Vitamins K2 is also a critical nutrient that can be made by our gut bacteria. We tend not to get enough K2 from the food but there are certain foods high in vitamin K2.
Gut bacteria are also producing critical nutrients such as carotinoids and anti-oxidants that we get from all the colorful vegetables. However, it is very hard for the body to extract the molecules from the food. There are certain bacteria strains that actually make the anti-oxidants for us.
What Current Research Shows About Probiotic Supplements
Have you ever taken a probiotic and not felt any change? I know I have and I have tried many different products.
It has been taught that the best probiotics are refrigerated because that keeps them alive. However, the human body is 98.6º. If the bacteria can’t survive at room temperature, which is lower, then how will they survive in the body? The answer is that they may be alive in the bottle, but once you swallow them they die. So essentially you are supplementing with dead bacteria – certainly by the time they reach the colon.
It has been shown that there is some benefit to taking dead bacteria cells. There will be some beneficial expression of DNA in the cells or a beneficial change to PH.
In nature these species that are in most probiotics are not designed to be viable outside of the body. Placing various species together and in high numbers will not recreate the original inoculation from the mom. Even the studies of specific species do not answer the question of individual fingerprints and how individual colonies live together.
Can We Get Bacteria From Fermented Foods?
It is commonly thought that eating fermented foods will provide trillions of beneficial bacterial cells. However, when you eat fermented foods, the bacteria that is in the fermented foods is not going into your digestive system.
The benefit is from the actual ferment — the breakdown of the nutrients in the food and the nutrients that are produced as a result of the ferment. These bacterial peptides and peptidoglycans can be very healing for the gut and may support the bacteria that are part of your microbiome.
You may have thought that fermented foods provide the beneficial bacteria, but these bacteria die as they travel through the digestive system and just pass through.
Diversity is the Key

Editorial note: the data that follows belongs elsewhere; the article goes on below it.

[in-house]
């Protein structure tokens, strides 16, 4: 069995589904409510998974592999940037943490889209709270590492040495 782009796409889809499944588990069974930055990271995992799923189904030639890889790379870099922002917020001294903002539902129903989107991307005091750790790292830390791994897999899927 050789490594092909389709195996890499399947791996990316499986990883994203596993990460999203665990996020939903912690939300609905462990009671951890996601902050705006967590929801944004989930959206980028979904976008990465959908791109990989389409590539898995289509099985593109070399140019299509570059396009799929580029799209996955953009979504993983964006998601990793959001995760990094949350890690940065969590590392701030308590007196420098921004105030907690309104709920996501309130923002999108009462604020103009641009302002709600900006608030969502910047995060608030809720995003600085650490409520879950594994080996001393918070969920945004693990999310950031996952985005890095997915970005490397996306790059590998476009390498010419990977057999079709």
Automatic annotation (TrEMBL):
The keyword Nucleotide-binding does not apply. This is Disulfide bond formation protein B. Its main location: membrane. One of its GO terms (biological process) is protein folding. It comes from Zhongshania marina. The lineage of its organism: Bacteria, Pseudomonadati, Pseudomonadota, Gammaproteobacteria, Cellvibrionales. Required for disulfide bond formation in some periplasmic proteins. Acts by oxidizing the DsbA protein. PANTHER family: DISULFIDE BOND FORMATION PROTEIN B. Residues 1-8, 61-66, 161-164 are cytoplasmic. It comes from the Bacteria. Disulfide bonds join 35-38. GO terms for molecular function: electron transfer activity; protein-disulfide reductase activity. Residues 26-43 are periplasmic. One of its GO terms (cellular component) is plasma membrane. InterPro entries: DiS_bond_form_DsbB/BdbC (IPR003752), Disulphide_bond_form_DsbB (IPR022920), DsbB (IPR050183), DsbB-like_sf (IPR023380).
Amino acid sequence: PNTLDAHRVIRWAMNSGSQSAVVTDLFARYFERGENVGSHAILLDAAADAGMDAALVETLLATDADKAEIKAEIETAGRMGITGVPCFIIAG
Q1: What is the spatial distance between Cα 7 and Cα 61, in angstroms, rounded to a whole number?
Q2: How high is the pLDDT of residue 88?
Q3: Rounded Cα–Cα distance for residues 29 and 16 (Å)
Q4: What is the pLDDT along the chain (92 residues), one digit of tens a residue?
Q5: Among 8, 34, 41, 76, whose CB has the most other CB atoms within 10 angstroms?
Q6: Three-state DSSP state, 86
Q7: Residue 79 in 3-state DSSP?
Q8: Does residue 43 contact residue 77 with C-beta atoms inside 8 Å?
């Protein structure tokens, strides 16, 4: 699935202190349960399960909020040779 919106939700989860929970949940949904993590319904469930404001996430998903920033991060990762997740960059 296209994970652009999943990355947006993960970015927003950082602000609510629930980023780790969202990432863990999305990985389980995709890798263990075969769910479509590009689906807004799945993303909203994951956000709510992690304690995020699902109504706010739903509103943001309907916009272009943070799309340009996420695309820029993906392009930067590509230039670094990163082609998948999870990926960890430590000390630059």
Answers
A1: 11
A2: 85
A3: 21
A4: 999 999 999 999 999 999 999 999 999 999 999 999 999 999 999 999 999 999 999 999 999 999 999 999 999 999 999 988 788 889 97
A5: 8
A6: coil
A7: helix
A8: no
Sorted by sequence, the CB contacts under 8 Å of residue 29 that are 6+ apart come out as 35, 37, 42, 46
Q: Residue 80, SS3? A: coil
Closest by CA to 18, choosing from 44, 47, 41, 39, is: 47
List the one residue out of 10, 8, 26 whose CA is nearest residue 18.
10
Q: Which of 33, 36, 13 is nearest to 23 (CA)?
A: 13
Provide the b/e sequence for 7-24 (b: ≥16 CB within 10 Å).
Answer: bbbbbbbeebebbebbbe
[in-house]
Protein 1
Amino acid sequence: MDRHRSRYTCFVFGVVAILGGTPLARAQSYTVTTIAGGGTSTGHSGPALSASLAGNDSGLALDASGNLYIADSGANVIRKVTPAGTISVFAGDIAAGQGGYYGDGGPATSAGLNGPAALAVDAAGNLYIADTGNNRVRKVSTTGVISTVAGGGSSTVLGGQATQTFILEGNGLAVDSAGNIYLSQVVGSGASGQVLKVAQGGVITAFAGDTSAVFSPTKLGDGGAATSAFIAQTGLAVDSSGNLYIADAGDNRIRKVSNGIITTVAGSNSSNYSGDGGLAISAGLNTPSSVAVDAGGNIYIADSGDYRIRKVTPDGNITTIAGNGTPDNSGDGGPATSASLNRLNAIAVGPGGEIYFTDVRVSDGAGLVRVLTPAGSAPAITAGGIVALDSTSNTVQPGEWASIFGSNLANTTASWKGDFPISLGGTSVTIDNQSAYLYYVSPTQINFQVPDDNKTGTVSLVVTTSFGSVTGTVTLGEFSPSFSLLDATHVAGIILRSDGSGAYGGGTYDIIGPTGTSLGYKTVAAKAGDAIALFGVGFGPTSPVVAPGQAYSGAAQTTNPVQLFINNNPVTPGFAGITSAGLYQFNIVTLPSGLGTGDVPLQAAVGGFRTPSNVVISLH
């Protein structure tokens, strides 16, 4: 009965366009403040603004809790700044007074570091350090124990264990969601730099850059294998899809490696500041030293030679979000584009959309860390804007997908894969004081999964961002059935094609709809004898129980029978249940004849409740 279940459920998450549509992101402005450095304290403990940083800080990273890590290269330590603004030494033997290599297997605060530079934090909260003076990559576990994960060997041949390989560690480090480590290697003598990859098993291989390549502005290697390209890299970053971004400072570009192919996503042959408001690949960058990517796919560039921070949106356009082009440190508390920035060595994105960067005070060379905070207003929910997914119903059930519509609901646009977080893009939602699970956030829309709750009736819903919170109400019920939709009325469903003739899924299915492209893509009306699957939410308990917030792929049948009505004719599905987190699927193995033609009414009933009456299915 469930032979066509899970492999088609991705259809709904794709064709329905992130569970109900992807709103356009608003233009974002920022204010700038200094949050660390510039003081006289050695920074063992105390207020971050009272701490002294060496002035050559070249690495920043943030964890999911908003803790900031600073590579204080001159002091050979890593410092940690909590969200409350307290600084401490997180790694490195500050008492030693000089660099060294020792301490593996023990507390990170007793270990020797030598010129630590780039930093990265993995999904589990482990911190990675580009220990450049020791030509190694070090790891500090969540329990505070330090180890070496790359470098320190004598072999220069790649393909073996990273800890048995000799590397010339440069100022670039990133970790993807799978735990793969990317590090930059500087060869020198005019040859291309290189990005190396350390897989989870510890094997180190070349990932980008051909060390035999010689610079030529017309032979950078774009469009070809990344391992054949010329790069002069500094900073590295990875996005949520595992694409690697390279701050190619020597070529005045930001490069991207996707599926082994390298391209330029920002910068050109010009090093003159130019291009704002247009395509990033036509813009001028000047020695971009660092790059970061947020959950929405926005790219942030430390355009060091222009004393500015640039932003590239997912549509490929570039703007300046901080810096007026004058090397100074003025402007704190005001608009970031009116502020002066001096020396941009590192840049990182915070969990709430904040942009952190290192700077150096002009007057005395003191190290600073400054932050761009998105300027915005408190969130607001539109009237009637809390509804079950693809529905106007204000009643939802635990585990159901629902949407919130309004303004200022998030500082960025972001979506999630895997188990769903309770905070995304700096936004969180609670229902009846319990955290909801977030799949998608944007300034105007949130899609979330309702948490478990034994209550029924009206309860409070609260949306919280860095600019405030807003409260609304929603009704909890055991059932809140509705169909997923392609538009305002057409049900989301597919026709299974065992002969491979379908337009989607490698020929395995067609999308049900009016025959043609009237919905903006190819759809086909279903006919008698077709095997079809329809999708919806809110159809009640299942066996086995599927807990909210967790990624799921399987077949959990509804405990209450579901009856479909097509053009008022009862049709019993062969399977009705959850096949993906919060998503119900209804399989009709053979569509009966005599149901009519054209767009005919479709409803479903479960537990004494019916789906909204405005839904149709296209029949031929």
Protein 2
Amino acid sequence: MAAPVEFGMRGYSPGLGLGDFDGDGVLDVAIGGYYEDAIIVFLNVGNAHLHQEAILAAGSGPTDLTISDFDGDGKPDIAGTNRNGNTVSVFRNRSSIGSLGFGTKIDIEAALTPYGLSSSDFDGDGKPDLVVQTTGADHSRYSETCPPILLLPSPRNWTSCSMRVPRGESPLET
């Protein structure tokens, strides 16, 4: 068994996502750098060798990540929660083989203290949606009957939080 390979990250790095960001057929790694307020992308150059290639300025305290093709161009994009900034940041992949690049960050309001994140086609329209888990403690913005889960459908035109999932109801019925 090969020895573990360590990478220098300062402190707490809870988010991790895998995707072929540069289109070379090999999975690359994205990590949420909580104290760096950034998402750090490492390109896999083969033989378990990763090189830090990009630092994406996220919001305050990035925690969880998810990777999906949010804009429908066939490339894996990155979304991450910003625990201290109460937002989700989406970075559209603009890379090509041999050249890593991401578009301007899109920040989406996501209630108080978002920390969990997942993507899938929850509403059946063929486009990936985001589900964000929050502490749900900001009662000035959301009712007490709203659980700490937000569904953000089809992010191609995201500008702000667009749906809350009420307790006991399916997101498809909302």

The gut is an ecosystem. We need many different strains of bacteria and we need overlap in what they do for us. In this way, if some strains die off (or are killed by outside factors such as medications) you still have other species that can do the same for you.
Bacterial diversity protects you from pathogenic species that can overtake the microbiome. Additionally, the more diverse, the more functions they can do for you.
How to Grow Your Microbiome
Instead of trying to kill off the bad bacteria, the best approach is to nourish the microbiome and support it in order to increase diversity. When the microbiome is healthy it will naturally suppress the bad bacteria.
Much like a garden, instead of using weed killer, it is more productive to encourage the good organisms in the yard and soil and these will keep out the pests.
Create the environment that favors the growth of good bacteria. Diet is critical. Sugars, processed foods and grains are pro-inflammatory and the pro-inflammatory state encourages bad bacteria (and cancer and other diseases).
Another important action is to improve the PH by eating plant based foods as well as good animal fats, animal proteins and eating a diverse array of foods. Diverse foods will encourage diversity in the bacteria.
Additionally, fermented foods play a huge role here as they give you so many nutrients that are not available through foods. Lastly, get environmental bacteria such as soil based bacteria as these bacteria provide many beneficial functions and nutrients.
Potentially the Best Probiotic
Right here, I want to say that I am not paid to promote this product – I just want to give you the information that I find critically important for anyone on a health journey.
That said, there is a new probiotic on the market called Megaspore. It provides 5 strains of spore forming bacteria that will actually reach the colon and colonize there. These 5 strains support increasing the diversity of the gut and there are many testimonials that all say that this is the first probiotic that someone actually feels has made a difference.
I think you need to get it through a health care practitioner. I just ordered mine.
There is a lower dose product made for commercial use called Peakbiotics which you can probably find in health food stores.
The information for this article was gleaned from an interview with Kiran Krishnan at Primal90. He is a microbiologist (among many other credentials) and his talk was thoroughly fascinating and offers new research and a new understanding for healing the microbiome. He is a principle at Physicians Exclusive the makers of Megaspore.